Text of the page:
Library Subscription: Guest
Home Archives Officers Future meetings American Society of Thermal and Fluids Engineering
Second Thermal and Fluids Engineering  Conference

ISSN: 2379-1748
ISBN: 978-1-56700-430-4

CALCULATIONS OF TURBULENT FLOW THROUGH A STAGGERED TUBE BANK

Branislav Basara
AVL LIST GmbH, Advanced Simulation Technologies, Hans List Platz 1, 8020 Graz, Austria

Sinisa Krajnovic
Division of Fluid Dynamics, Department of Applied Mechanics, Chalmers University of Technology, Gothenburg, Sweden

Guglielmo Minelli
Department of Applied Mechanics. Chalmers University of Technology, 412 96 Gothenburg, Sweden

Abstract

The primary aim of this paper is to numerically investigate the crossflow in a staggered tube bank by using a variable-resolution method. Experimental data of Simonin and Barcoude (1988) is available in the ERCOFTAC database. There are also few ERCOFTAC workshops, e.g. 1993, 19999, which were considering this test case primarily for checking the performance of the Reynolds-Averaged Navier-Stokes (RANS) models. Therefore, there are number of results with very different models which can be found in the literature. The work presented here aims to add one more set of results but this time with recently advanced variable resolution method, namely the Partially-Averaged Navier-Stokes (PANS). This method (Girimaji, 2006) belongs to so called bridging or seamless methods. The PANS approach adjusts seamlessly from the Reynolds-Averaged Navier-Stokes (RANS) to the Direct Numerical Solution (DNS) of the Navier-Stokes equation. The results are largely improved by using the PANS as for example shown in Basara (2015). This turbulence bridging method is derived from the RANS model equations. It inevitably improves results when compared with its corresponding RANS model if more scales of motions are resolved. This is done by varying the unresolved-to-total ratios of kinetic energy and dissipation. In the practice, the parameter which determines the unresolved-to-total kinetic energy ratio is defined by using the grid spacing and calculated integral length scale of turbulence. When the grid size is smaller, then more of the turbulent kinetic energy can be resolved. Usually, the integral scale of turbulence is obtained by summing up resolved turbulence, calculated as difference between instantaneous filtered velocity and the averaged velocity field, and unresolved turbulence obtained from its own equation. The turbulence model adopted in the present PANS variant is the four-equation ζ − f formulation (Hanjalic et al., 2004) which is the variant of more known v2-f model based on the elliptic relaxation concept. ). As this model represents a practical and accurate RANS choice for a wide range of industrial applications, especially when used in conjunction with the universal wall approach (Popovac and Hanjalic, 2007, Basara, 2006), its PANS variant therefore guarantees that the proper near-wall model is used when ƒk is of a higher value. Therefore, the near-wall PANS variant of Basara et al. (2011) was used in the present study. The PANS model is implemented into the commercial CFD code AVL FIRE (AVL FIRE Manual, 2011).
Simulations are performed at a Reynolds number of 18000 based on the average velocity stated to be 1.06 m/s and a tube diameter of 21.7 mm. Two computational meshes were used, the coarse with 3 million cells and the fine with 6 million cells. Except walls of pipes, all other boundaries employed periodic type of boundary conditions. The computational domain and the mesh is shown in Fig. 1a. A typical values of the instantaneous resolution parameter fk (note that this is the ratio of unresolved to total kinetic energy) is shown in Fig. 1b. For fk equal unity, PANS will produce results equivalent to those produced by the RANS ζ-f model. If this parameter is below 0.2, one could expect result more similar to those obtained by Large Eddy Simulation. For values between 0.2 and 1, one could expect that PANS produces more accurate results not only compared to RANS but also to LES as more equations are solved to simulate un-resolved turbulence as in the case of LES. Note also that a dynamic parameter fk changes at each point at the end of every time step, and then it is used as a fixed value at the same location during the next time step. Numerical meshes are usually coarse near the wall and it is also difficult to achieve so called a wall-resolved LES. Clearly this issue is present in PANS calculations as well: one could expect that fk is equal or close to unity near the wall which means that the RANS model is used there. Therefore, in the case of PANS, we expect that the accuracy is improved also by the employment of the near-wall RANS modelling including also the heat transfer modelling, see Basara (2015). Calculations by using the PANS method should be performed as with the LES, see an instantaneous velocity magnitude shown in Fig. 2a. As fk is the high near the wall, it should be expected that also there, the un-resolved kinetic energy is high, which is confirmed in Fig. 2b. The averaged mean velocity profiles as predicted on coarse and fine meshes at x = 0 mm, 11 mm, and 16.5 mm, are shown in Figure 3 and 4a. All profiles are well captured and also the coarse mesh provided correct behavior. It is also important to note that if PANS calculations produce results which contain a small portion of unresolved kinetic energy than the effects of convection schemes could significantly contaminate the final calculation results. Therefore, due attention should be given to differencing scheme especially when compared to LES results. Here, we used the central differencing scheme. Also the rate of change is discretized by using three time level implicit scheme of second order accuracy.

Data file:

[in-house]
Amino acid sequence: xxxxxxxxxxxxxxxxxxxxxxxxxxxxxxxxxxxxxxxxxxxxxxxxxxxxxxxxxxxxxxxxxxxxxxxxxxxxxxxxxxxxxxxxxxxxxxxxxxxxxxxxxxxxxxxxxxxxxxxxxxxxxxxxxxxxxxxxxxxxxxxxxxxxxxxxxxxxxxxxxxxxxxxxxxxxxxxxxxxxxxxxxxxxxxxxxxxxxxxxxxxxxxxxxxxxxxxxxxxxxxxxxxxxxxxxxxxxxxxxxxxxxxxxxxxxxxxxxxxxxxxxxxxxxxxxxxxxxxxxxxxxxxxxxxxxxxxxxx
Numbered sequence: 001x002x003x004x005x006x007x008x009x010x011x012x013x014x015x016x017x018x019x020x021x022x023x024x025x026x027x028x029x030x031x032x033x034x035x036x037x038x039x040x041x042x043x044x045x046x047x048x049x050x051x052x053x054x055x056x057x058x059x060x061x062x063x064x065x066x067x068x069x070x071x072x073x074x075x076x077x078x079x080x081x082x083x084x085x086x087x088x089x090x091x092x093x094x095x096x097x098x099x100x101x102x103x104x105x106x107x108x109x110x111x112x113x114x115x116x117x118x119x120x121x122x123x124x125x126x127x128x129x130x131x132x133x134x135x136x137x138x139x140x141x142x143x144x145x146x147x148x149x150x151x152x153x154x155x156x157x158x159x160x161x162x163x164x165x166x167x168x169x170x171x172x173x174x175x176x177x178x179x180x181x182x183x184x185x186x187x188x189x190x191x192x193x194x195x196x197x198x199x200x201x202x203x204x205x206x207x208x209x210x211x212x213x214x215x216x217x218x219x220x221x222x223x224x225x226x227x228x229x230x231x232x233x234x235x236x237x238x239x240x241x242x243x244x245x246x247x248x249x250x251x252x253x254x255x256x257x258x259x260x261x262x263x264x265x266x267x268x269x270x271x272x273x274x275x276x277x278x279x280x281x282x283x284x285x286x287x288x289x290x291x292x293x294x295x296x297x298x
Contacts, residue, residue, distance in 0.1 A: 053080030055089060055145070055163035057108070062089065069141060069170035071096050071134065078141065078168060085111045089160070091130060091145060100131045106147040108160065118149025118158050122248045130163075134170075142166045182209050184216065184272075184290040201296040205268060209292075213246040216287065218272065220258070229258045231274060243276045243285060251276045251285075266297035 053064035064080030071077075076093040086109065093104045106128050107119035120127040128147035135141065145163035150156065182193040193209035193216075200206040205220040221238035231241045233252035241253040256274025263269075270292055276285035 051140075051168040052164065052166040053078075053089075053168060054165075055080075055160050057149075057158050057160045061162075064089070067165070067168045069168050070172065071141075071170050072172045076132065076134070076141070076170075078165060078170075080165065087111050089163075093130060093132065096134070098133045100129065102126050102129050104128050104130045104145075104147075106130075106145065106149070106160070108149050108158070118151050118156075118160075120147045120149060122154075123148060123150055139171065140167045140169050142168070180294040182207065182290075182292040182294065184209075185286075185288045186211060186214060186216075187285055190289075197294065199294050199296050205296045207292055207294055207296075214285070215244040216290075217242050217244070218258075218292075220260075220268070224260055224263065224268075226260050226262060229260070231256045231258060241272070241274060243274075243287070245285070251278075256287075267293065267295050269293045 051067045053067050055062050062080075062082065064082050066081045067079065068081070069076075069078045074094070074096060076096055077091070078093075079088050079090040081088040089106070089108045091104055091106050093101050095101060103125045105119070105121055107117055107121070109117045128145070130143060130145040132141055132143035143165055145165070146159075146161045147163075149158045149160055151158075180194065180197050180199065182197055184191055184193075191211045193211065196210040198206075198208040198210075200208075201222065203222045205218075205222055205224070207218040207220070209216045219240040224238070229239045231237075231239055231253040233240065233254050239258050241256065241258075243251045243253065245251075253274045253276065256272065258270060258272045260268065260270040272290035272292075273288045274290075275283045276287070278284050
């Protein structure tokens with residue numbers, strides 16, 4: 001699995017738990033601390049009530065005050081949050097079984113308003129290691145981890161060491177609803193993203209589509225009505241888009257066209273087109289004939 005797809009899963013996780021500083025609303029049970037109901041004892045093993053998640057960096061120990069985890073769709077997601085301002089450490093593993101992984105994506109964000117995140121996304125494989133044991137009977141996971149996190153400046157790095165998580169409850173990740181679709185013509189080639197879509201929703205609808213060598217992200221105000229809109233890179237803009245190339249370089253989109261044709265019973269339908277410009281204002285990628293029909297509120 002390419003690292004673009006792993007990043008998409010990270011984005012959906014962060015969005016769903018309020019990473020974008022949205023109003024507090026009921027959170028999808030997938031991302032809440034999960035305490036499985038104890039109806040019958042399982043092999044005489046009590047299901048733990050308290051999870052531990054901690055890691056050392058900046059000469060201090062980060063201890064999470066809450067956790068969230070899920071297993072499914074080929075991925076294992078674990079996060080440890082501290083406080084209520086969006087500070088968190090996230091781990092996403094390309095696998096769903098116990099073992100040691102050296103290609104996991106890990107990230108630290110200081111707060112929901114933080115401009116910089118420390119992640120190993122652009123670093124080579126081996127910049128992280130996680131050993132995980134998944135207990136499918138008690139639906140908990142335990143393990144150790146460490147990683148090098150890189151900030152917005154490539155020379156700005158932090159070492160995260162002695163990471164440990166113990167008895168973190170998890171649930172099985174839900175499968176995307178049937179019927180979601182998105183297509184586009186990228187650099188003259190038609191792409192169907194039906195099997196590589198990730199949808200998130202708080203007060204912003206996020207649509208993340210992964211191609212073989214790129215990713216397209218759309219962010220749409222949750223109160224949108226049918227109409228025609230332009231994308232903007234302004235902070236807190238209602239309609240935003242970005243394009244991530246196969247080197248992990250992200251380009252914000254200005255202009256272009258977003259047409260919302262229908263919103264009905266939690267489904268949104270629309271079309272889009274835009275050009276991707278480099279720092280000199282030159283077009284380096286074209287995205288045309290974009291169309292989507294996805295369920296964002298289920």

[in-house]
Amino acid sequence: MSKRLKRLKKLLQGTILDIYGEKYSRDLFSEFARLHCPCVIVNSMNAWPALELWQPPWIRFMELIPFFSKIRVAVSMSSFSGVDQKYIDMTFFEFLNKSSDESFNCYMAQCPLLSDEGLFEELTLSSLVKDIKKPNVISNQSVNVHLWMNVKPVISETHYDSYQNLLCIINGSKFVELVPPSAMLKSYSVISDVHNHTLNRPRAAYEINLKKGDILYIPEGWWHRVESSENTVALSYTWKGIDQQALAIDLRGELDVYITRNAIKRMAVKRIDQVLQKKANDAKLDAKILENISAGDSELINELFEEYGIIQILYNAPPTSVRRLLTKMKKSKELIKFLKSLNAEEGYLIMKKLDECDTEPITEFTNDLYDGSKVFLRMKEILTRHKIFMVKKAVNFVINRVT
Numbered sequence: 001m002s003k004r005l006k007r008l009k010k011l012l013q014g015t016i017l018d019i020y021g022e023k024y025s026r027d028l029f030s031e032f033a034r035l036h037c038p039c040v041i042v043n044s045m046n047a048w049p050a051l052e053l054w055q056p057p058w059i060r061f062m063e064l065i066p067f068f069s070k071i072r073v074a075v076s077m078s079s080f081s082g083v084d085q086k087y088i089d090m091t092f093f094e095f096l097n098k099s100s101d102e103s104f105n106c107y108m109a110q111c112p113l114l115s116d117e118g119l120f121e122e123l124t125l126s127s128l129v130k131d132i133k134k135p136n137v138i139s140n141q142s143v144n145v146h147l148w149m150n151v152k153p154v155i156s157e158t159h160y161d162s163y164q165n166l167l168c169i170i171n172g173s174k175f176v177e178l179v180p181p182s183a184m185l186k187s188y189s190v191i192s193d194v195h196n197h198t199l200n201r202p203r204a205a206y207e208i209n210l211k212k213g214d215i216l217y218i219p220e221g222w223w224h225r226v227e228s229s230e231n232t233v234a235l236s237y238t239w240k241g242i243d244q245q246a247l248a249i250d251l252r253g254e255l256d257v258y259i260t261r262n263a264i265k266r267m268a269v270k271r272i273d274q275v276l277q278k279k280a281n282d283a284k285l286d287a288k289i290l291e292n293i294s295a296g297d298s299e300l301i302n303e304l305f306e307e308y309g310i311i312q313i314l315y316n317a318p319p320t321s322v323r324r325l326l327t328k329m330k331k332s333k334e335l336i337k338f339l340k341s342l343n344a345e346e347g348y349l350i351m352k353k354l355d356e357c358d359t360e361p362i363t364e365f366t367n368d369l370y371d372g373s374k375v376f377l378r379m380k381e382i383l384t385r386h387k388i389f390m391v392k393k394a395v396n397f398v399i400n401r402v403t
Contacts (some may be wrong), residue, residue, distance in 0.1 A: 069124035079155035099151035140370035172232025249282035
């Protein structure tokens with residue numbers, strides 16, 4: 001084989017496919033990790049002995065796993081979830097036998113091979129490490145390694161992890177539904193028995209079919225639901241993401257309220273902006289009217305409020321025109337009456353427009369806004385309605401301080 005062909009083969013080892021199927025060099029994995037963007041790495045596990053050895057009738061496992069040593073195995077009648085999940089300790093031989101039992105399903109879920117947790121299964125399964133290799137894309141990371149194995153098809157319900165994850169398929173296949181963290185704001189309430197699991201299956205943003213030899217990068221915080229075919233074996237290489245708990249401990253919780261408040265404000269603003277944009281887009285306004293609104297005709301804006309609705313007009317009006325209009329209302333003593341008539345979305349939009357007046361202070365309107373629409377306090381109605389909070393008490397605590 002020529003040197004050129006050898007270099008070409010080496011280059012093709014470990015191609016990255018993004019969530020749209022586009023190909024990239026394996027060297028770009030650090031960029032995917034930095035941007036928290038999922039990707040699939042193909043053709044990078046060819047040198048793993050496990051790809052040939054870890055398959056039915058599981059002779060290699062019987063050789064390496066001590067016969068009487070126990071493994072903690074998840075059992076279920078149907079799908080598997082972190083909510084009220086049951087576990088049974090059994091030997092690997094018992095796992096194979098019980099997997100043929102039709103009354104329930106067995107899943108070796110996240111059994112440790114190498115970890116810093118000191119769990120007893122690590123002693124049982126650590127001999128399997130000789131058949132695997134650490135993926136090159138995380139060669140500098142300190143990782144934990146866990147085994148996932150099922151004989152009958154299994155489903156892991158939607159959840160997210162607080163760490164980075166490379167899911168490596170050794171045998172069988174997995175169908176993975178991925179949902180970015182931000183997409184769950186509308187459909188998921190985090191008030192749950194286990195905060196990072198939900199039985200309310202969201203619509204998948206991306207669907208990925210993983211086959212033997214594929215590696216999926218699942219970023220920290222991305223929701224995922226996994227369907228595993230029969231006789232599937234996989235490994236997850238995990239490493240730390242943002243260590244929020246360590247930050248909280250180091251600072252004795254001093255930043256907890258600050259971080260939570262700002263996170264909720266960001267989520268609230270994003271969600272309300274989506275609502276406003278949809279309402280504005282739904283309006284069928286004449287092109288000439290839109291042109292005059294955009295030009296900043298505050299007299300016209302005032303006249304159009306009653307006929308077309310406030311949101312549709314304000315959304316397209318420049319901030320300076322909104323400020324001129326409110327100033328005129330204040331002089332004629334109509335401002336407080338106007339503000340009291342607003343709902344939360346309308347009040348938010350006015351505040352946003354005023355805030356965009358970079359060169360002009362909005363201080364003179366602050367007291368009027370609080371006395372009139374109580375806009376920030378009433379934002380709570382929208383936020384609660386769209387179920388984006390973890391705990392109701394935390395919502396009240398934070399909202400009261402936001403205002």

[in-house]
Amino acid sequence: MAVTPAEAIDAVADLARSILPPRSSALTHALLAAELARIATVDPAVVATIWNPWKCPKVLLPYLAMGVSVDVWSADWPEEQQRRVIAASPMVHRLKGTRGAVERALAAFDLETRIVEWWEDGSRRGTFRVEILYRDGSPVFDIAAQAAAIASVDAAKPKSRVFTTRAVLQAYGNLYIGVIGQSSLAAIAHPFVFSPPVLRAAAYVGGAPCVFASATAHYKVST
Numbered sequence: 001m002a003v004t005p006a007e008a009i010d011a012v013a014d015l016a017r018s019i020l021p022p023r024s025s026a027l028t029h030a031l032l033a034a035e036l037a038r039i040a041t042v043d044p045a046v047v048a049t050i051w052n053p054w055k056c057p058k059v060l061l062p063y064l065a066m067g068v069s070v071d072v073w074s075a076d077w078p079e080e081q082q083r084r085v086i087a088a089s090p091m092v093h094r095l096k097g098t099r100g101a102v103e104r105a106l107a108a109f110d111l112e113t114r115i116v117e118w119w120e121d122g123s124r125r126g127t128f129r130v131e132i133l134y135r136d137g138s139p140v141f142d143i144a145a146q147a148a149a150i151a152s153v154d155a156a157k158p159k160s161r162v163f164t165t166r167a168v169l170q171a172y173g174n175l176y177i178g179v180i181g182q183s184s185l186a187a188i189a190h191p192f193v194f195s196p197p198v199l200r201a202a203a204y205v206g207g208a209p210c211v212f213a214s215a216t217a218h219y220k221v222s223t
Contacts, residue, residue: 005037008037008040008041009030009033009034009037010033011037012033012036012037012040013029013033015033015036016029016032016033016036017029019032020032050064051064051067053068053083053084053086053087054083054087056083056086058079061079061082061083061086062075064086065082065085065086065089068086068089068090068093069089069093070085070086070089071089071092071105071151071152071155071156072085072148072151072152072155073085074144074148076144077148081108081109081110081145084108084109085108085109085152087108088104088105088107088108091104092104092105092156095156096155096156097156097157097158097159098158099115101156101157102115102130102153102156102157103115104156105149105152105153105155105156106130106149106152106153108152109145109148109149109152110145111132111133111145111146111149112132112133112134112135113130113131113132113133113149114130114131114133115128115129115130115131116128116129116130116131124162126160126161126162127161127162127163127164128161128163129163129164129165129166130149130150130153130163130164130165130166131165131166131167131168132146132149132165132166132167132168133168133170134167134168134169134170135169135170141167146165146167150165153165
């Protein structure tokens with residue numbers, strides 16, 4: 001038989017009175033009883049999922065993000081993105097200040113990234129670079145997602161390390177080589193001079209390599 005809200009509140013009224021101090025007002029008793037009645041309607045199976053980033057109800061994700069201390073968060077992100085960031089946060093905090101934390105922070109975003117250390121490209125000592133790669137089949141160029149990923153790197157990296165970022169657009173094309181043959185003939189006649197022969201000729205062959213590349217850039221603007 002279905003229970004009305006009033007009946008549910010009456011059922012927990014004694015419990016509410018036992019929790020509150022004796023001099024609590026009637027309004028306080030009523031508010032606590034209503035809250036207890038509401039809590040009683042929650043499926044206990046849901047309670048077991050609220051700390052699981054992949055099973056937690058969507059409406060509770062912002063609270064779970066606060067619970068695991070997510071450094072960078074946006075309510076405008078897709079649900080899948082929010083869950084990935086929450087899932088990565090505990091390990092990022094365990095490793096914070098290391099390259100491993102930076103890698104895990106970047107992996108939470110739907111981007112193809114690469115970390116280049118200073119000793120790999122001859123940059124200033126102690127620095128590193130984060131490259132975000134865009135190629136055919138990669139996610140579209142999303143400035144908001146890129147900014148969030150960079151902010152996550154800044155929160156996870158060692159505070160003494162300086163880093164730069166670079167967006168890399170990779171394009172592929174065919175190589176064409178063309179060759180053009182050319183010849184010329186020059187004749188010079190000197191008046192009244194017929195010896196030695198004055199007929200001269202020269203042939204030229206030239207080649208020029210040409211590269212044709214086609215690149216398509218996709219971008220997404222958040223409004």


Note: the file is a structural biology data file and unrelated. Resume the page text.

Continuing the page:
Purchase $20.00 Check subscription Publication Ethics and Malpractice Recommend to my Librarian Bookmark this Page